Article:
Stamp Duty Land Tax rules for property investment funds
This was published under the 2010 to 2015 Conservative and Liberal Democrat coalition government
This consultation has concluded
Detail of outcome
The government would like to thank those who took the time to respond to the public consultation on Stamp Duty Land Tax: rules for property investment funds, held between 18 July 2014 and 12 September 2014. The government received a total 24 written responses from stakeholders such as asset management and property firms, industry associations and tax advisors.
The initial proposals in the consultation were: the introduction of a seeding relief for property authorised investment funds (PAIFs) and co-ownership authorised contractual schemes (CoACSs) and changes to the Stamp Duty Land Tax (SDLT) treatment of CoACSs investing in property so that SDLT does not arise on the transactions in units. A number of safeguards were also suggested.
There was general support for the proposals to make changes to the SDLT rules for PAIFs and CoACSs.
However, opinion was divided on certain technical aspects of the proposals. For example, some respondents had concerns over the seeding relief’s claw-back mechanism with some calling for: a reduced claw-back period, a de minimis threshold or no claw-back mechanism at all.
Some respondents also advised on changes to the suggested ‘portfolio test’ for the seeding relief. Some stated that it should be set at the same level as for existing PAIFs and Real Estate Investment Trusts (REITs) whilst others felt that a minimum number was preferable to a minimum value, and others believed that a minimum requirement was unnecessary.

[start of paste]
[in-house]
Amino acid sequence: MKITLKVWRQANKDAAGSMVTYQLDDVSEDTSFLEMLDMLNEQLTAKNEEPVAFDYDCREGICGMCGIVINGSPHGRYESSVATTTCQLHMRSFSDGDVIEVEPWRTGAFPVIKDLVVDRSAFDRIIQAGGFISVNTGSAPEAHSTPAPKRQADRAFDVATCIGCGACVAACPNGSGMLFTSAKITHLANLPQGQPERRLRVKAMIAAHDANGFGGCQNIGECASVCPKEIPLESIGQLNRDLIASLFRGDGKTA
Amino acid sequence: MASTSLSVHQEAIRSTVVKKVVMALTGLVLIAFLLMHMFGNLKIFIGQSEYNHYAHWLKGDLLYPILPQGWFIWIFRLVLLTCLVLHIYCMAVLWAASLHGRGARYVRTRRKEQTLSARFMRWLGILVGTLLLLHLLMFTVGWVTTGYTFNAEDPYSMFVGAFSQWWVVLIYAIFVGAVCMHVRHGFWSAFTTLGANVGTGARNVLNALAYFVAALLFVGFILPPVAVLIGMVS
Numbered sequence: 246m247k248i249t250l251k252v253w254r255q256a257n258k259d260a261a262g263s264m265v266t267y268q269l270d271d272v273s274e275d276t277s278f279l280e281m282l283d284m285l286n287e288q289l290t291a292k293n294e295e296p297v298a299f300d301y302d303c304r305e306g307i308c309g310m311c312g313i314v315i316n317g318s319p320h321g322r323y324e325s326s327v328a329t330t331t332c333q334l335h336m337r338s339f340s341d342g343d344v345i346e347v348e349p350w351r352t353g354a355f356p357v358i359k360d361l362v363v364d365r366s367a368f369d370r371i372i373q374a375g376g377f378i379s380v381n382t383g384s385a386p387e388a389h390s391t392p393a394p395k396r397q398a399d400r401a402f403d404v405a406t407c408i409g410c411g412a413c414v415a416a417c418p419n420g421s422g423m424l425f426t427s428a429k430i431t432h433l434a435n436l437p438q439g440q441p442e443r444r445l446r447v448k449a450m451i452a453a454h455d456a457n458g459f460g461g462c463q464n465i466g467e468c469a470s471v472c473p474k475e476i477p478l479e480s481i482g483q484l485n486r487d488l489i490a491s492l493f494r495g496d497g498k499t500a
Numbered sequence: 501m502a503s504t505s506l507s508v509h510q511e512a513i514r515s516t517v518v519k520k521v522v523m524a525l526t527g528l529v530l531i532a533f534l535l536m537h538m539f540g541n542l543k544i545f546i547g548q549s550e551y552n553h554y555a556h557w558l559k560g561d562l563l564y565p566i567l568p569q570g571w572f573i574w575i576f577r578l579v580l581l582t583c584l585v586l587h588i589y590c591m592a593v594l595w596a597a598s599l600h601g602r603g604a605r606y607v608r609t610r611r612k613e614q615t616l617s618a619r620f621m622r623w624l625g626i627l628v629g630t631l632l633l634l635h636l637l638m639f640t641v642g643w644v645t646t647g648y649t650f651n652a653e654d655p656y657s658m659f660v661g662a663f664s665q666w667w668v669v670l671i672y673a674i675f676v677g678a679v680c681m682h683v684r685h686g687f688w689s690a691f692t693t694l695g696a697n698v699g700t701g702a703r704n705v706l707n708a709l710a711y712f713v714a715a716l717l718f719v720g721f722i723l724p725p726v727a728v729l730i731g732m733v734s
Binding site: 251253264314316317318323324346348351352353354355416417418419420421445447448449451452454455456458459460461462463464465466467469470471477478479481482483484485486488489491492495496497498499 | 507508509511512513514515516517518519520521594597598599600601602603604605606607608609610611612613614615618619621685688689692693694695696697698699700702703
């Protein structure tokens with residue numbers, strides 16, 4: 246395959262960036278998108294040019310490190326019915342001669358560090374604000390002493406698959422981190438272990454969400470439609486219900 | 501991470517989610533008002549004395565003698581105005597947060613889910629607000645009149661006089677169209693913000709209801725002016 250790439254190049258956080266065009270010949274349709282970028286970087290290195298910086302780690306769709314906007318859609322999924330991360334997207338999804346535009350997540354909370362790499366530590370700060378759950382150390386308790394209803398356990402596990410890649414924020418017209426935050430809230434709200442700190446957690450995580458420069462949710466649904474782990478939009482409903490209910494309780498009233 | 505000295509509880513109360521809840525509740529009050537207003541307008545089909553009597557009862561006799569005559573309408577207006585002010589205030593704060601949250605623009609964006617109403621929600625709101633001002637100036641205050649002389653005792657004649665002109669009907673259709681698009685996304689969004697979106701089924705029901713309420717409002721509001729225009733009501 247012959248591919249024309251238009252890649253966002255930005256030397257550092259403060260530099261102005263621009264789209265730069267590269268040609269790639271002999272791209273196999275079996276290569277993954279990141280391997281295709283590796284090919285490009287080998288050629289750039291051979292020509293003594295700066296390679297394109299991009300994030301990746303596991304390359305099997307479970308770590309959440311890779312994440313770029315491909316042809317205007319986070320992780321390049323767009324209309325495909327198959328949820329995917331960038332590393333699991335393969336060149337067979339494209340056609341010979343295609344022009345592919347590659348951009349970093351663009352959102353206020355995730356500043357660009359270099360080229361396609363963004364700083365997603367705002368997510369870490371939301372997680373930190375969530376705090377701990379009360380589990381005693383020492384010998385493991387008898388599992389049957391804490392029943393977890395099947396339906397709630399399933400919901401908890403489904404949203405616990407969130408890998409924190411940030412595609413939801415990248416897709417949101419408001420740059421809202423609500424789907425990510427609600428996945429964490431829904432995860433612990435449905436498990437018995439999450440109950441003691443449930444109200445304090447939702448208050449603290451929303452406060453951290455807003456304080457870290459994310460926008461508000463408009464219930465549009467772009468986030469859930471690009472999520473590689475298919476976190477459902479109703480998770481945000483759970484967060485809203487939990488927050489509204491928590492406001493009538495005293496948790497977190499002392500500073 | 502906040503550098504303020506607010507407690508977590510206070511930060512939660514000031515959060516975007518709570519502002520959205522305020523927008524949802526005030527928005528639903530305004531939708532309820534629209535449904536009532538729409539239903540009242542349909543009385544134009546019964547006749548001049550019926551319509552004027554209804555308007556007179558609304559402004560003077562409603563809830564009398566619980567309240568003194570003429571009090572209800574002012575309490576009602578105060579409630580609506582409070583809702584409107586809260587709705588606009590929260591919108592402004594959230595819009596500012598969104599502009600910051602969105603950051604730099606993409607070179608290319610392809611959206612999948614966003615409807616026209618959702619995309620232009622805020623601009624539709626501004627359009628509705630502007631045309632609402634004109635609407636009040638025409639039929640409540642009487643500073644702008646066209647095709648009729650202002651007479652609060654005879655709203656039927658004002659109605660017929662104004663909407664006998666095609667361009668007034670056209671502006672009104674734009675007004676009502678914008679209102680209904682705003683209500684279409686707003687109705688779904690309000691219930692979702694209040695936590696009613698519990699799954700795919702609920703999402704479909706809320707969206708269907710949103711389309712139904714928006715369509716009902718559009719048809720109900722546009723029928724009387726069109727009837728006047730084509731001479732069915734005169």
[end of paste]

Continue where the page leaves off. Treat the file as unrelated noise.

The consultation also sought views on the case for making changes. There was widespread agreement that these changes would lead to the growth of UK-based fund management, with a number of respondents suggesting they would move the management and/or domicile or their funds into the UK as a result of these changes. Some warned that the UK risked losing ground to other jurisdictions if changes were not made, but these changes would make the UK more competitive. A number also suggested that there would be a wider benefit to the economy as a result of these changes.
Having analysed the responses to the consultation and assessed the impact of these changes on the industry, the wider economy and the Exchequer, the government intends to change the SDLT rules for property investment funds, subject to the resolution of potential avoidance issues. The government is committed to delivering on the UK Investment Management Strategy, announced at Budget 2013, to encourage the growth of fund management and domicile in the UK and believes these changes will help achieve those objectives.
The government is keen to ensure that any changes are carefully designed so that it meets its policy objectives without creating the opportunity for tax avoidance. The government will work further with stakeholders on the exact design in order to ensure that these changes are not used in undesirable or unintended ways.
Subject to the resolution of potential avoidance issues, the government intends to change the SDLT rules for property investment funds in Finance Bill 2016.
This consultation ran from
This consultation seeks views on the case for making changes to the SDLT rules for certain collective investment schemes and the potential design of those changes.
This consultation seeks views to help the government assess the case for making changes to the SDLT treatment of the seeding of property authorised investment funds and the wider SDLT treatment of co-ownership authorised contractual schemes. It asks questions to better understand the property funds industry, the need for change, the likely response from the industry and the wider impact of the proposed changes. This consultation also sets out proposals for how these changes could be implemented, if the decision is taken to introduce them, and seeks views on their potential design.